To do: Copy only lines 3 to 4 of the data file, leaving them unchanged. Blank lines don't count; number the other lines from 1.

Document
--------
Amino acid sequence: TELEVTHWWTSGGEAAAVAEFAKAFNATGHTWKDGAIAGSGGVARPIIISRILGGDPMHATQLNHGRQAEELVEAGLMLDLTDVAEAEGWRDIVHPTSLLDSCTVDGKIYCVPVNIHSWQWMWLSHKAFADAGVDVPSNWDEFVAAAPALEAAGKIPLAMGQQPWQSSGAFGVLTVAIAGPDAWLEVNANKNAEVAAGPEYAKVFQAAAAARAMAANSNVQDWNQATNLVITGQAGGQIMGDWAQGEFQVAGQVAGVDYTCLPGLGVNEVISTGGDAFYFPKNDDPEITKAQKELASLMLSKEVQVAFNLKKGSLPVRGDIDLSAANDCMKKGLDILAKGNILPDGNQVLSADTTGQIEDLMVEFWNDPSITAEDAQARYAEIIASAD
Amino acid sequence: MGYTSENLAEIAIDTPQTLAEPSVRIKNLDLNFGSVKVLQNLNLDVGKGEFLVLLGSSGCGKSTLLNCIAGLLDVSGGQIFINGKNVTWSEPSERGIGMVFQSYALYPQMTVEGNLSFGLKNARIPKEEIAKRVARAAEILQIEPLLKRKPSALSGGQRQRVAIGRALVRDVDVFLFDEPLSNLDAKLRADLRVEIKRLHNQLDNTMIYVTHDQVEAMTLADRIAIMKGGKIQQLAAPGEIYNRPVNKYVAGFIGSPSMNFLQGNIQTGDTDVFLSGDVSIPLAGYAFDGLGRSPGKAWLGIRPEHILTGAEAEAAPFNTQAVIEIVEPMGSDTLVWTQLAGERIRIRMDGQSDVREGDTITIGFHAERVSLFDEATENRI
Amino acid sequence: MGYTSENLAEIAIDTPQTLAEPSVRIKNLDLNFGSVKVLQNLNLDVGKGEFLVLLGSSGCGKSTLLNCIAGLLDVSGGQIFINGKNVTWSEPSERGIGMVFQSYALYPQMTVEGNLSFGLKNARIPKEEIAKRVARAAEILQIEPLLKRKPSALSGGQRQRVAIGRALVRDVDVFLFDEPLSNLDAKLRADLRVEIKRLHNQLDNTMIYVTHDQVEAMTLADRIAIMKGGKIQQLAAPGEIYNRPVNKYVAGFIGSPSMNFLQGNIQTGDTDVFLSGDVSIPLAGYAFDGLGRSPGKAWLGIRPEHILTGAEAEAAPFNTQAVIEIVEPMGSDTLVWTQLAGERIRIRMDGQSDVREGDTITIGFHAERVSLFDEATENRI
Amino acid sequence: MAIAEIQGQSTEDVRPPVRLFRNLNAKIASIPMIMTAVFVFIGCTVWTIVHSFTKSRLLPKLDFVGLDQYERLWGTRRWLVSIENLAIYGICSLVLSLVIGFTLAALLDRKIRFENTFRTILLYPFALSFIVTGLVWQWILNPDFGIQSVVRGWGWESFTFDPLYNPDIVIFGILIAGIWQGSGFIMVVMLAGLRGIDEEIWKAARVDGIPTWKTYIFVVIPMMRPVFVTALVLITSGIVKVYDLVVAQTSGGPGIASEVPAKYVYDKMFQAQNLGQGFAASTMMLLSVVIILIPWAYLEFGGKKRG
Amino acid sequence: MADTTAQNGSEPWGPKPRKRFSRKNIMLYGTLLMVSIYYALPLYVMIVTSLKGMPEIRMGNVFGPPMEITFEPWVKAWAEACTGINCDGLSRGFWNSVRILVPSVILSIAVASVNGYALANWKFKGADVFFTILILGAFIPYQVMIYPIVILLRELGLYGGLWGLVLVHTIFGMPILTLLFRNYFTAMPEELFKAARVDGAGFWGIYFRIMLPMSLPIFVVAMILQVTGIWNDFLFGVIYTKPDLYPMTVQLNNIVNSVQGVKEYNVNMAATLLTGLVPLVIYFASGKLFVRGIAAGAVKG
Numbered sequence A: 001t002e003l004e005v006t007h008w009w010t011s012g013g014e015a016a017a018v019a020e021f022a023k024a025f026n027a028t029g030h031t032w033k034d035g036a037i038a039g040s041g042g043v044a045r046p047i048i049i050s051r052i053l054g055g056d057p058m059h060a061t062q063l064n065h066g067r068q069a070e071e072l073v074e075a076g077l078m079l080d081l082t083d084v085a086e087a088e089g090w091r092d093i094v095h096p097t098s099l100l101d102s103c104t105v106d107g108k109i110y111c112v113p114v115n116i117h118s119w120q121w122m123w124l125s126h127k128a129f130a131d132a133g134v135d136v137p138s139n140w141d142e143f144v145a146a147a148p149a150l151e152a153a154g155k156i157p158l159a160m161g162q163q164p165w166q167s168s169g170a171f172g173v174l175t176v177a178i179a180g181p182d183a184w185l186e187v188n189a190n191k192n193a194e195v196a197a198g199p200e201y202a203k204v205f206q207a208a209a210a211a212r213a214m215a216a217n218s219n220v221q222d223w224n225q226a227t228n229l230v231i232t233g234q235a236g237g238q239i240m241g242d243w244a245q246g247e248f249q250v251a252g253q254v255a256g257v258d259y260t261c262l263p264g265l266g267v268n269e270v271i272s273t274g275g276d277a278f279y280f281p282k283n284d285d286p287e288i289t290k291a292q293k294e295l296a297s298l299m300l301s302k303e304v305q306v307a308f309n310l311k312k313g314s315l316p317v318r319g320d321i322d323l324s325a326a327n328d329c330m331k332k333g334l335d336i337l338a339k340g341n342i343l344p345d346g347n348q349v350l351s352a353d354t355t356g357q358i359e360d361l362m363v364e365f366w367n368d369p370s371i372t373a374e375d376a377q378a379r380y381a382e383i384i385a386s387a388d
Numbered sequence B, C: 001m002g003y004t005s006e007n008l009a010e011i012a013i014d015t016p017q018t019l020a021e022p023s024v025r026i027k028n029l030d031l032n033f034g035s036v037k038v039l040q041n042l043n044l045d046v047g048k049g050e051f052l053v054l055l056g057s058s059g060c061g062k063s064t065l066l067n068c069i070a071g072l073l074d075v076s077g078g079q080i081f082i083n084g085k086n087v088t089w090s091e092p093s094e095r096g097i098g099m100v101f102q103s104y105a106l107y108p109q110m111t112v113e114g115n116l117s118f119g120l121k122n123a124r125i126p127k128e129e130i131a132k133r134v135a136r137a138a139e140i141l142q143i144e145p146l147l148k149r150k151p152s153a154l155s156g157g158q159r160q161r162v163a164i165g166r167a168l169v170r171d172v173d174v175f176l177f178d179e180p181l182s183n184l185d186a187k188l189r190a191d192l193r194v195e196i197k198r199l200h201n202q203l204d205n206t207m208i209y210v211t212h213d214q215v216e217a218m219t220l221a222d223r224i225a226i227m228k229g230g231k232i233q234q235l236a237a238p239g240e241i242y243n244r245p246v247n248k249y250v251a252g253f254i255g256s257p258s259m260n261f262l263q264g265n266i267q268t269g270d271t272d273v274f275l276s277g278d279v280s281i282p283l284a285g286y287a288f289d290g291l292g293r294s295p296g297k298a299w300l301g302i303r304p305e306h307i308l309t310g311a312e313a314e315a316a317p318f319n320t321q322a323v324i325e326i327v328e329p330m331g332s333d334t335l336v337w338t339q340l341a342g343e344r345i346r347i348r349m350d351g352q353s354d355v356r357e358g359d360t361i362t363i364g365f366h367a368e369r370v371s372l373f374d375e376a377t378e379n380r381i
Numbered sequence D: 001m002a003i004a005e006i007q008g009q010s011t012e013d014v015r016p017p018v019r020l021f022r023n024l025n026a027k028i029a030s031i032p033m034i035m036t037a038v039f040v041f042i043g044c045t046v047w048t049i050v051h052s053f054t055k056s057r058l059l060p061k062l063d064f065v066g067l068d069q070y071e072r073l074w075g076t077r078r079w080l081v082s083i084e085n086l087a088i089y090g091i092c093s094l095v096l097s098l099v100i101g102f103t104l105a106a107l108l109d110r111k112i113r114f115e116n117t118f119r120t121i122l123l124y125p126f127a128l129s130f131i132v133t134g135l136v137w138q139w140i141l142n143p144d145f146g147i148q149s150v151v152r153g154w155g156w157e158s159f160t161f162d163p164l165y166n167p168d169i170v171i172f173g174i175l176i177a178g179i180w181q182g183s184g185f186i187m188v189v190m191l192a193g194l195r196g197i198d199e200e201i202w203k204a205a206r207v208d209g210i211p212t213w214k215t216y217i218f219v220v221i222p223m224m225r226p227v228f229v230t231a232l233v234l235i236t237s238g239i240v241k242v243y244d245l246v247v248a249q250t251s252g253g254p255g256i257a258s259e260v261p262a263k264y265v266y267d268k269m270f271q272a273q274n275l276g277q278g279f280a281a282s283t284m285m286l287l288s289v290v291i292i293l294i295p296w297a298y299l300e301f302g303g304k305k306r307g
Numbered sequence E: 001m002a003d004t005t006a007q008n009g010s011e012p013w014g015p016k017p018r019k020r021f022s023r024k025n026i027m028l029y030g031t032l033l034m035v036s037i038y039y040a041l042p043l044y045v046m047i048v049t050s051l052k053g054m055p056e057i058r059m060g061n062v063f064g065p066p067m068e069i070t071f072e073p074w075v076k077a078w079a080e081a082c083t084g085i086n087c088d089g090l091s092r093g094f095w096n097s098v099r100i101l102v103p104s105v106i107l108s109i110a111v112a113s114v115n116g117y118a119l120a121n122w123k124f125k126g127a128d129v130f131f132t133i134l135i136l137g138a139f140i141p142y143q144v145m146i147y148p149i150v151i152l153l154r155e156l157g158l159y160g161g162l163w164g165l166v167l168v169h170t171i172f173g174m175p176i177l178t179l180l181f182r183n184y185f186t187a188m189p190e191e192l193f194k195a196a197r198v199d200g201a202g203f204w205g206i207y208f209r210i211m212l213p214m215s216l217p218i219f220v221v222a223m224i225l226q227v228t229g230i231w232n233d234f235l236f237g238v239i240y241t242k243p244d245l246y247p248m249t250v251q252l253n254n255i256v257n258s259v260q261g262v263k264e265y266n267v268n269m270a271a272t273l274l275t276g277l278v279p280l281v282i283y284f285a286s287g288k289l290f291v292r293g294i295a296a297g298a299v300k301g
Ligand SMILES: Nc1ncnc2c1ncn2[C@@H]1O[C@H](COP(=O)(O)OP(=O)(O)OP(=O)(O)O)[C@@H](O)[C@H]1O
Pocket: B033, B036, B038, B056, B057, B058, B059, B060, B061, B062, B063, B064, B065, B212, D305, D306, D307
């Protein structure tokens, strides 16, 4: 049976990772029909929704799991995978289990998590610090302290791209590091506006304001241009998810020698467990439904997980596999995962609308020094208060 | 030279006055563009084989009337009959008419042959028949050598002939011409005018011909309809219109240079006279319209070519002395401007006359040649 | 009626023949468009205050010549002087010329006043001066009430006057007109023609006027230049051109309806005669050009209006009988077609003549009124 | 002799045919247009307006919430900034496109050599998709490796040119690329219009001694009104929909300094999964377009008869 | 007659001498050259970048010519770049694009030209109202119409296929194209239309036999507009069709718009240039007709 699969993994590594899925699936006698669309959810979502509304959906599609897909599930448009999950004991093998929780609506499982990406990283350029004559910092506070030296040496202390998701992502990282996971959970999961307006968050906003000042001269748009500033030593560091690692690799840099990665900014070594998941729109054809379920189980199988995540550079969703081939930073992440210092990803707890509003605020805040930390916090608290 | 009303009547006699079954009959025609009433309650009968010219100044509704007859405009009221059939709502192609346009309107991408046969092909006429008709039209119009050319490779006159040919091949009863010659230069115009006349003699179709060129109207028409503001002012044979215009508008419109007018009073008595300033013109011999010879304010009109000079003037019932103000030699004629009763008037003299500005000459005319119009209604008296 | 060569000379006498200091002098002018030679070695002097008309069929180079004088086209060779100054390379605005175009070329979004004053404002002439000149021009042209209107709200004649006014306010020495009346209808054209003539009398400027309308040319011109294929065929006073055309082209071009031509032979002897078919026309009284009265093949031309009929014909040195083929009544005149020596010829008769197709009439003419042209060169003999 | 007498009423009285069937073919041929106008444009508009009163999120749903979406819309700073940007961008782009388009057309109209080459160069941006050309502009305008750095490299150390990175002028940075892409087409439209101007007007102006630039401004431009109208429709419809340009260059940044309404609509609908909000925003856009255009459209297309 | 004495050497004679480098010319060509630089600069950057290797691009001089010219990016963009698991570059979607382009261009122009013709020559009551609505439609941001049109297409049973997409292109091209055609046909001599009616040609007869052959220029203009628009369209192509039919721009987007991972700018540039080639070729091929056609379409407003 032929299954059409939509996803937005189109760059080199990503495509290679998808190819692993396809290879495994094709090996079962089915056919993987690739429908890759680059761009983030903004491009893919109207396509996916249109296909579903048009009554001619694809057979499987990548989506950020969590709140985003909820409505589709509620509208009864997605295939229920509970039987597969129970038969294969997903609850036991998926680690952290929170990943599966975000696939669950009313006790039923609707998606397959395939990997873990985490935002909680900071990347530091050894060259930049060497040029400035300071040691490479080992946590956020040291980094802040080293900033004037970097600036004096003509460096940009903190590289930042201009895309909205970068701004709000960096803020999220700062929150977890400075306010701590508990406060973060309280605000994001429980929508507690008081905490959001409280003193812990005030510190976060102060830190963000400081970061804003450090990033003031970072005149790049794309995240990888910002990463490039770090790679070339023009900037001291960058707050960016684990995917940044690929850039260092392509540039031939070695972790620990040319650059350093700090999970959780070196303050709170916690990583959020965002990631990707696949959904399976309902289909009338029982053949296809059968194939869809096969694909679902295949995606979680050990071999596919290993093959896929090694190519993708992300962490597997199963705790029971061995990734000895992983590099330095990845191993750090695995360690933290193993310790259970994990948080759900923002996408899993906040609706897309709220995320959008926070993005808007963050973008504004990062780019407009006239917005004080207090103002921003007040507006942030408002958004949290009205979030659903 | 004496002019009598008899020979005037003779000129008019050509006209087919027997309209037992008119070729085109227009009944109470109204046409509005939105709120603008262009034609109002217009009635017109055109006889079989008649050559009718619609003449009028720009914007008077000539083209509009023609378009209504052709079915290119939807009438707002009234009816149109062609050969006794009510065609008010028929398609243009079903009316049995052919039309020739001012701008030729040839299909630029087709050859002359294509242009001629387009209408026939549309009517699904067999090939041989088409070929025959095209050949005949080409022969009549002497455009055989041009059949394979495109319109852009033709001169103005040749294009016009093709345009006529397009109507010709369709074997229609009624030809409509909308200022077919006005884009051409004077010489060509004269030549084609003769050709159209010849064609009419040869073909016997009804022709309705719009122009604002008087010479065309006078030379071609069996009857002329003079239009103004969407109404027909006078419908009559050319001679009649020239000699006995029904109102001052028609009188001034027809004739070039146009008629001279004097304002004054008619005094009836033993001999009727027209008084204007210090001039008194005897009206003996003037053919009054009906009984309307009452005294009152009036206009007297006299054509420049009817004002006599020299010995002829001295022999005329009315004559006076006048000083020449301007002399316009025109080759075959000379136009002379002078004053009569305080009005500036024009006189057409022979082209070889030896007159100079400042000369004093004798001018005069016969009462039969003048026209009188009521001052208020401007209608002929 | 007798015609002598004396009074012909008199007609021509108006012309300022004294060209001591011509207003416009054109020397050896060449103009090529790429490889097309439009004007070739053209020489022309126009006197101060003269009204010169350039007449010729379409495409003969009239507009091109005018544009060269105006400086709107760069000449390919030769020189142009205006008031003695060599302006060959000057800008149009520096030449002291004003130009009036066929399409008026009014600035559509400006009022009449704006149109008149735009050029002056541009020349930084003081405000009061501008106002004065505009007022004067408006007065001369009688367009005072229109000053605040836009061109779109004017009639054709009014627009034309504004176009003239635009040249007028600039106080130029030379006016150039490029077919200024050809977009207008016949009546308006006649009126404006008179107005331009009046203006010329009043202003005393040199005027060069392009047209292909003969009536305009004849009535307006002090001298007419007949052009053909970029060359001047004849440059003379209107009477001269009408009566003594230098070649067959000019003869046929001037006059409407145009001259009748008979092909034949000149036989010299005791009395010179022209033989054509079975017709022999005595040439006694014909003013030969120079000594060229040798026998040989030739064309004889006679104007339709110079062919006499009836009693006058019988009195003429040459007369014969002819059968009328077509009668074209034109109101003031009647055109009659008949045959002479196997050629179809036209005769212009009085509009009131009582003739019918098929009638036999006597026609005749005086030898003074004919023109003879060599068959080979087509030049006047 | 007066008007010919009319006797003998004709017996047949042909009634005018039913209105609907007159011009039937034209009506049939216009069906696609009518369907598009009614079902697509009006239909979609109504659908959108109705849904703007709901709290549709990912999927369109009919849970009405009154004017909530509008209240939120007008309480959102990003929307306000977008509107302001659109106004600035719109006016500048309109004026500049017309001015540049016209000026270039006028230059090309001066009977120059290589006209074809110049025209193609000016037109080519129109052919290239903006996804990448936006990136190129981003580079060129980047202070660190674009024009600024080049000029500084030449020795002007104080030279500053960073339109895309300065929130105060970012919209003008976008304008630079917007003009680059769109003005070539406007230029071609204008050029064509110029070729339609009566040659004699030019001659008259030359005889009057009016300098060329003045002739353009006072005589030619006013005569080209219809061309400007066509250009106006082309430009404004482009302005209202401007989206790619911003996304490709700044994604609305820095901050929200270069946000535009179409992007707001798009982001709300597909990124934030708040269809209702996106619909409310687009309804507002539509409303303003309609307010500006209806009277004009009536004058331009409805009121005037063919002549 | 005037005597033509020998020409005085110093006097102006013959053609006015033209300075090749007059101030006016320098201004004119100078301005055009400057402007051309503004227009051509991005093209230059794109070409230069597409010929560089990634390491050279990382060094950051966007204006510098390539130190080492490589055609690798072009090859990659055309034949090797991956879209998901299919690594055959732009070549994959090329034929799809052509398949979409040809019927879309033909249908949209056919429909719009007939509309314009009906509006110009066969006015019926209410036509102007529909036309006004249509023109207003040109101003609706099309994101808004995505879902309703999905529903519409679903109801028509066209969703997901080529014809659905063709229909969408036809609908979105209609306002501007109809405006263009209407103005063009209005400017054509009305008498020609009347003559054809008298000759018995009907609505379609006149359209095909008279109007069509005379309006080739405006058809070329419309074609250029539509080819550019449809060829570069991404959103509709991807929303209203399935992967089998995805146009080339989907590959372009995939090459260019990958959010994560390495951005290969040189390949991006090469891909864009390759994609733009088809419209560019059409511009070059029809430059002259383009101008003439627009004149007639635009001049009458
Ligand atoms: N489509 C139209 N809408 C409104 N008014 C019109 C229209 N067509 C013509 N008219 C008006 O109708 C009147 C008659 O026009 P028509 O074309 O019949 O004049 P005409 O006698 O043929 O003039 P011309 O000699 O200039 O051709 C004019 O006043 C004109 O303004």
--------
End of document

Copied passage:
Amino acid sequence: MGYTSENLAEIAIDTPQTLAEPSVRIKNLDLNFGSVKVLQNLNLDVGKGEFLVLLGSSGCGKSTLLNCIAGLLDVSGGQIFINGKNVTWSEPSERGIGMVFQSYALYPQMTVEGNLSFGLKNARIPKEEIAKRVARAAEILQIEPLLKRKPSALSGGQRQRVAIGRALVRDVDVFLFDEPLSNLDAKLRADLRVEIKRLHNQLDNTMIYVTHDQVEAMTLADRIAIMKGGKIQQLAAPGEIYNRPVNKYVAGFIGSPSMNFLQGNIQTGDTDVFLSGDVSIPLAGYAFDGLGRSPGKAWLGIRPEHILTGAEAEAAPFNTQAVIEIVEPMGSDTLVWTQLAGERIRIRMDGQSDVREGDTITIGFHAERVSLFDEATENRI
Amino acid sequence: MAIAEIQGQSTEDVRPPVRLFRNLNAKIASIPMIMTAVFVFIGCTVWTIVHSFTKSRLLPKLDFVGLDQYERLWGTRRWLVSIENLAIYGICSLVLSLVIGFTLAALLDRKIRFENTFRTILLYPFALSFIVTGLVWQWILNPDFGIQSVVRGWGWESFTFDPLYNPDIVIFGILIAGIWQGSGFIMVVMLAGLRGIDEEIWKAARVDGIPTWKTYIFVVIPMMRPVFVTALVLITSGIVKVYDLVVAQTSGGPGIASEVPAKYVYDKMFQAQNLGQGFAASTMMLLSVVIILIPWAYLEFGGKKRG